by Stephen Tall on November 12, 2007
Last month, David Cameron went to great obfuscatory pains to refuse to give a straight answer to journalists asking if the Tory party would offer a post-ratification referendum on the EU Reform Treaty if they found themselves in government – a position not helped by a member of his shadow cabinet promising “absolutely” that the Tories would.
Now it’s Dave’s own shadow foreign secretary, William Hague, who’s broken ranks with his leader in today’s Commons debate on the Queen’s Speech – as the BBC’s Nick Robinson notes on his blog:
The Shadow Foreign Secretary went through the usual list of “ifs” implicit in that question – if there’s no referendum, if the treaty’s ratified elsewhere, if there’s an election after that process is over – before going on to say that if all those “ifs” came to pass “We could not let matters rest there”.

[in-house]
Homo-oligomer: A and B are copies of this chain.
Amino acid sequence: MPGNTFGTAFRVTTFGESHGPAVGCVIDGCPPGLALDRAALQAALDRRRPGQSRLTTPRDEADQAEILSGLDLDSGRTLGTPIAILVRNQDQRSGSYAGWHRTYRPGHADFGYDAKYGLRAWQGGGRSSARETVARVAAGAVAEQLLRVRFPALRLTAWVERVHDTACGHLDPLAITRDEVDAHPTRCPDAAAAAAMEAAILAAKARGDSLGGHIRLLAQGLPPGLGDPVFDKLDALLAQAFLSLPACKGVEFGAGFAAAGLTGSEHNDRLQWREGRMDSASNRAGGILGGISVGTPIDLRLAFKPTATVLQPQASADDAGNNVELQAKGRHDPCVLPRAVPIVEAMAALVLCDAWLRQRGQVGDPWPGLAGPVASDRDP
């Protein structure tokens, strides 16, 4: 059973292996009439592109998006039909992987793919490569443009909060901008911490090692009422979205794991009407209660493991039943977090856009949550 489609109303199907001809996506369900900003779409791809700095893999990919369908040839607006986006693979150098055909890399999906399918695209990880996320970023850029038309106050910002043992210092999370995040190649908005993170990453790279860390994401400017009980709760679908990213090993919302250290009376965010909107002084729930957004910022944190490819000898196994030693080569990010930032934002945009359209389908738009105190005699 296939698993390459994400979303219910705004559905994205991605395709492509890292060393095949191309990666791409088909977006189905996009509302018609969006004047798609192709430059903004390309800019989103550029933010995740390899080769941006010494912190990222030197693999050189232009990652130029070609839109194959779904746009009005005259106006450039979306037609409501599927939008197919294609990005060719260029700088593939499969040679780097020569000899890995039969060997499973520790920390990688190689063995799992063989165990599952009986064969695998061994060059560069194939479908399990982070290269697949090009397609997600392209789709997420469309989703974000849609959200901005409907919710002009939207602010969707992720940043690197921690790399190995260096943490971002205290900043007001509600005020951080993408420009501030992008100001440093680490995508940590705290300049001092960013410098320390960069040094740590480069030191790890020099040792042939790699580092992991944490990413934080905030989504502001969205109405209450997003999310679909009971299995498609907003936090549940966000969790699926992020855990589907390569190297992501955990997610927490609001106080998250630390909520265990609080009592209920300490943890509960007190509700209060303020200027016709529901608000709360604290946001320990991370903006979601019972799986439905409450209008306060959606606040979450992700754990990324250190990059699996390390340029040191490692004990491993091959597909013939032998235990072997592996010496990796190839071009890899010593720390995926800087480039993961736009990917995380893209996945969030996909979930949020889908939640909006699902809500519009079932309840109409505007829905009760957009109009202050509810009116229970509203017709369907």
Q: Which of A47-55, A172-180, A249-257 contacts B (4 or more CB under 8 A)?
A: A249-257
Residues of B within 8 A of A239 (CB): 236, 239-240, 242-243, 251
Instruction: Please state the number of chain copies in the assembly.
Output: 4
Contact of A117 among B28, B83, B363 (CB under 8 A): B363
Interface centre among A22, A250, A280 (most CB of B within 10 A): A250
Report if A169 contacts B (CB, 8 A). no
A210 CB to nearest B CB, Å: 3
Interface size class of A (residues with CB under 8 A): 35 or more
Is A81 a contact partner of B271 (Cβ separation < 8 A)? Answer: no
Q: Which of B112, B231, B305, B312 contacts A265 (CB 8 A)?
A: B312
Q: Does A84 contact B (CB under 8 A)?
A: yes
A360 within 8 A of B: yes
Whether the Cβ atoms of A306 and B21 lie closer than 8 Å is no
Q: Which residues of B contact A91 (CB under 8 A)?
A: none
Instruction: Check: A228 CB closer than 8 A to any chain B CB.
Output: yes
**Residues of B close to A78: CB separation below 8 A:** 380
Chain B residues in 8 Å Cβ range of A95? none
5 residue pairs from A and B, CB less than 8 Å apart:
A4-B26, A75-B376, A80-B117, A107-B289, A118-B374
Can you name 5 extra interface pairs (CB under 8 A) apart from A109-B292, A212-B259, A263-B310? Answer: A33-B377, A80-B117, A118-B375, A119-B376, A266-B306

In other words Hague is saying that the Tories would not accept that ratification by the Commons and by all other EU nations put an end to the debate. They would insist, presumably, on either a post ratification referendum or, if that were not possible, a re-negotiation of Britain’s membership of the EU.
Messrs Cameron and Hague are, it seems, tying themselves in knots trying to maintain a sensible policy on Europe while appeasing their swivel-eyed Europhobic colleagues. Or perhaps they’re simply limbering up to accept the Lib Dem amendment proposing a referendum on Britain’s membership of the EU?